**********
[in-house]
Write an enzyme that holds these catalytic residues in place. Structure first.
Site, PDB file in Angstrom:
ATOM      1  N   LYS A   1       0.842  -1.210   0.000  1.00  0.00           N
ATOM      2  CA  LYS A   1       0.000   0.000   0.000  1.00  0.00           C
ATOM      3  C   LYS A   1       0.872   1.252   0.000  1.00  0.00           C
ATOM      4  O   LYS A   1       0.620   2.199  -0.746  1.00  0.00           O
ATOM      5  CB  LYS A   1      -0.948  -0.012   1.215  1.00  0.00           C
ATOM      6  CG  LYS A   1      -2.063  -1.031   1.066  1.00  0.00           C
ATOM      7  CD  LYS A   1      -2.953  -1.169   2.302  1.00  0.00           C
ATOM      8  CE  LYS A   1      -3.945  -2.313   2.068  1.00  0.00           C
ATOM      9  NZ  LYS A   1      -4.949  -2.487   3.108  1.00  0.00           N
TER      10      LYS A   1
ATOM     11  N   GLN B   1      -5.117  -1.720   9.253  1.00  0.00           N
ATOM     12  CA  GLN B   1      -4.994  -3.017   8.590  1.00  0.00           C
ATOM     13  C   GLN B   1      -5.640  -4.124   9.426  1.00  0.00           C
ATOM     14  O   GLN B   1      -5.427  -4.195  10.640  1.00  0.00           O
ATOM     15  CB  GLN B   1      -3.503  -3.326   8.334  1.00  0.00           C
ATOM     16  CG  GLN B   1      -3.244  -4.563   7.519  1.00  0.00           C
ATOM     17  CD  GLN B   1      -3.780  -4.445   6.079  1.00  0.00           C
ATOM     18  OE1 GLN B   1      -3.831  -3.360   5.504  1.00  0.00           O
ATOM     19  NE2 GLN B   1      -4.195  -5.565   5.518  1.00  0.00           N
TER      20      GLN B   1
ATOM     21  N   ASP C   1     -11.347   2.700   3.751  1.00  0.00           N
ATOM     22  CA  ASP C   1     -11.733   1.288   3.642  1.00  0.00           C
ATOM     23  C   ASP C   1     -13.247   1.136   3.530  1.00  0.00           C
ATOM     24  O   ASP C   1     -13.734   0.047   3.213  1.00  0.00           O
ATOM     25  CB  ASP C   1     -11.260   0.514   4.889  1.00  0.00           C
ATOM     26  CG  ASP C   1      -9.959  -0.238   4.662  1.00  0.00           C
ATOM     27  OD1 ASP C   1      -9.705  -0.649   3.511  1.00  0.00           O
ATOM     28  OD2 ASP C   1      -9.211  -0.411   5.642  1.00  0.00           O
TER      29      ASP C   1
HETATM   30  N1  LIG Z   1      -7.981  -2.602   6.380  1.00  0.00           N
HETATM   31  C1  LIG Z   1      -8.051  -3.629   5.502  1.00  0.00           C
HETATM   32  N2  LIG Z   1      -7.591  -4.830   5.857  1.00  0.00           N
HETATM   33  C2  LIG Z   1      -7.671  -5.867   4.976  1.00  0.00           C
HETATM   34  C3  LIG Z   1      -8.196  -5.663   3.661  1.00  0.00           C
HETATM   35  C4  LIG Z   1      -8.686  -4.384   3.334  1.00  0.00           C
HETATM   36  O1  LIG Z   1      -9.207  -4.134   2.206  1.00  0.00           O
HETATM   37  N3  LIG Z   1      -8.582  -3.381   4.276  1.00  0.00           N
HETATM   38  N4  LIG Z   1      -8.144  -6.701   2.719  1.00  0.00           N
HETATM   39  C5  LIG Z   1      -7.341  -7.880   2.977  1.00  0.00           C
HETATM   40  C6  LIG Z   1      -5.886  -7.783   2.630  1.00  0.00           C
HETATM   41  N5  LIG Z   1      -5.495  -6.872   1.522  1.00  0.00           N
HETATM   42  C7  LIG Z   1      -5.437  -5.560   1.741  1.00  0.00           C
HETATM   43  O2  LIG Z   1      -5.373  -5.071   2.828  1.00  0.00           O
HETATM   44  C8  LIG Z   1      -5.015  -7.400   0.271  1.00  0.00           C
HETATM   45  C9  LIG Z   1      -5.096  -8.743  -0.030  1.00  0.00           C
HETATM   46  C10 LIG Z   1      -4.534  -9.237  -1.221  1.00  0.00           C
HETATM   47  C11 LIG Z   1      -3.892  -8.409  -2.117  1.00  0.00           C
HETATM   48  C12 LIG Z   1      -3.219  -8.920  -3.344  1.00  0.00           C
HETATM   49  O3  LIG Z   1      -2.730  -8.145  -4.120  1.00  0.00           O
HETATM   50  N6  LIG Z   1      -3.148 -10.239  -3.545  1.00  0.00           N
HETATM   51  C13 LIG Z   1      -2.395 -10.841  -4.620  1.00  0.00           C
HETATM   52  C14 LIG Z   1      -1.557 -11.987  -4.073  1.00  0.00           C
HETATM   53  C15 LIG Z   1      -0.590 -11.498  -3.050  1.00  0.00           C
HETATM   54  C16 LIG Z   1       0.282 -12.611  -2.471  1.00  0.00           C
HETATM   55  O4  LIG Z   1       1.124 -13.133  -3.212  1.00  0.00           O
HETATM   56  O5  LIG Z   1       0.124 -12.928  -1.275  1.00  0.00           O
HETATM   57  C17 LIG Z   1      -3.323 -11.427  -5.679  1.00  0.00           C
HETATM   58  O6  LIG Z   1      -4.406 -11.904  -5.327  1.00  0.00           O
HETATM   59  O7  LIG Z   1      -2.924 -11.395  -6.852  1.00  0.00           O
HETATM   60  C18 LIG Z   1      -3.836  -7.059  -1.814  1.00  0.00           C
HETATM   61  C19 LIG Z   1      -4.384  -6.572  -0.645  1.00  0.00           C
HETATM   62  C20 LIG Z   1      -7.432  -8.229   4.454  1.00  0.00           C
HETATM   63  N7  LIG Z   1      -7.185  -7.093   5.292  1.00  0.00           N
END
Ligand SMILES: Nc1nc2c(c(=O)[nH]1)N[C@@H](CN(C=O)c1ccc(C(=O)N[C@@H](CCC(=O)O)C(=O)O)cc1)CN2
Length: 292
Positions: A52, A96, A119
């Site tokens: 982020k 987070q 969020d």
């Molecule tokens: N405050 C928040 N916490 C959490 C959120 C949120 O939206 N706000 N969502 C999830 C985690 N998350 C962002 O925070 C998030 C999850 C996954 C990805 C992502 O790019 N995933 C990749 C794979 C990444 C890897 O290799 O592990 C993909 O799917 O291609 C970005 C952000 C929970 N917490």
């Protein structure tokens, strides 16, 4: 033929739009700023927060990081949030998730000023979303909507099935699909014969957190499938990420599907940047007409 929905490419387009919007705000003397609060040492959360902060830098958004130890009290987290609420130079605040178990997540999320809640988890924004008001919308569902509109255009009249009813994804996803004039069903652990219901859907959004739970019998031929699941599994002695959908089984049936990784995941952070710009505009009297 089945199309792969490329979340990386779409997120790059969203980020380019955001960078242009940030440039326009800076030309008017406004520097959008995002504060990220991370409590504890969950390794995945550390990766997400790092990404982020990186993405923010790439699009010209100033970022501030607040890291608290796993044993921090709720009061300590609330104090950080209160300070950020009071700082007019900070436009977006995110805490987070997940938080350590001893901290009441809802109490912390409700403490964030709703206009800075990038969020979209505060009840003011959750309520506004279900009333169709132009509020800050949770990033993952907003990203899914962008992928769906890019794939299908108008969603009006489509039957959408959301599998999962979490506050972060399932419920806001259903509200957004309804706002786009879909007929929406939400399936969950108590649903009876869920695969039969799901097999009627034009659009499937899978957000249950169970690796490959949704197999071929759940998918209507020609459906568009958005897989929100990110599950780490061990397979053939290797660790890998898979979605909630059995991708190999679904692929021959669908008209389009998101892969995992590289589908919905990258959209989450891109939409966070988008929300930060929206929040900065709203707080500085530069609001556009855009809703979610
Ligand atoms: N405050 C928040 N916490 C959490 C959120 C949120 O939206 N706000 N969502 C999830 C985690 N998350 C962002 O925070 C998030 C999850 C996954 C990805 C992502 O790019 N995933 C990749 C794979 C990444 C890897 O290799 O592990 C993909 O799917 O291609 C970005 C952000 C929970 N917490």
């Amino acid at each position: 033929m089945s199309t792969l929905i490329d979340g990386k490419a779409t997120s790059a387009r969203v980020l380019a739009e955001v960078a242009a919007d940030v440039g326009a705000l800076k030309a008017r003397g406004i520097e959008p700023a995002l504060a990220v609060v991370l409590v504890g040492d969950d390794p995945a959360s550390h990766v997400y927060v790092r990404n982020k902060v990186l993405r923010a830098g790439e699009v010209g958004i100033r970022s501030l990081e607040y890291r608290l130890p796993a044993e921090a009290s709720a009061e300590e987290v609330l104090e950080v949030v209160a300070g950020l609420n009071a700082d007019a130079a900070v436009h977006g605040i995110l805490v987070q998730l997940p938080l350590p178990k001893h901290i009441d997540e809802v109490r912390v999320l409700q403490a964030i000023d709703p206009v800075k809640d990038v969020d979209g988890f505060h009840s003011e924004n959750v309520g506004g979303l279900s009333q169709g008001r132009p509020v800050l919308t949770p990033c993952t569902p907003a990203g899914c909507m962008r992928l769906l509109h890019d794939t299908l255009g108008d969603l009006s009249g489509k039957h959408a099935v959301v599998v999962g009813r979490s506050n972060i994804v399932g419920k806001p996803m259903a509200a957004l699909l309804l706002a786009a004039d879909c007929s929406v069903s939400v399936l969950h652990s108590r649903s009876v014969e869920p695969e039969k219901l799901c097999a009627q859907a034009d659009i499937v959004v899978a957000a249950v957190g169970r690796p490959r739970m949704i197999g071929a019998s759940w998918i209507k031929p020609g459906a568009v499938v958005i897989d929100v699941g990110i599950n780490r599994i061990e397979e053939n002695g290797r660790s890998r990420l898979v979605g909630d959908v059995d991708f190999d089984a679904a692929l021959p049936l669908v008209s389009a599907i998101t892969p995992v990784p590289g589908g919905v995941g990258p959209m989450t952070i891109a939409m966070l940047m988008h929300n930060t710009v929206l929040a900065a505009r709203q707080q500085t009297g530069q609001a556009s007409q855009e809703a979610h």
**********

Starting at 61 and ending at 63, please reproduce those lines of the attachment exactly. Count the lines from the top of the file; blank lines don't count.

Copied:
HETATM   58  O6  LIG Z   1      -4.406 -11.904  -5.327  1.00  0.00           O
HETATM   59  O7  LIG Z   1      -2.924 -11.395  -6.852  1.00  0.00           O
HETATM   60  C18 LIG Z   1      -3.836  -7.059  -1.814  1.00  0.00           C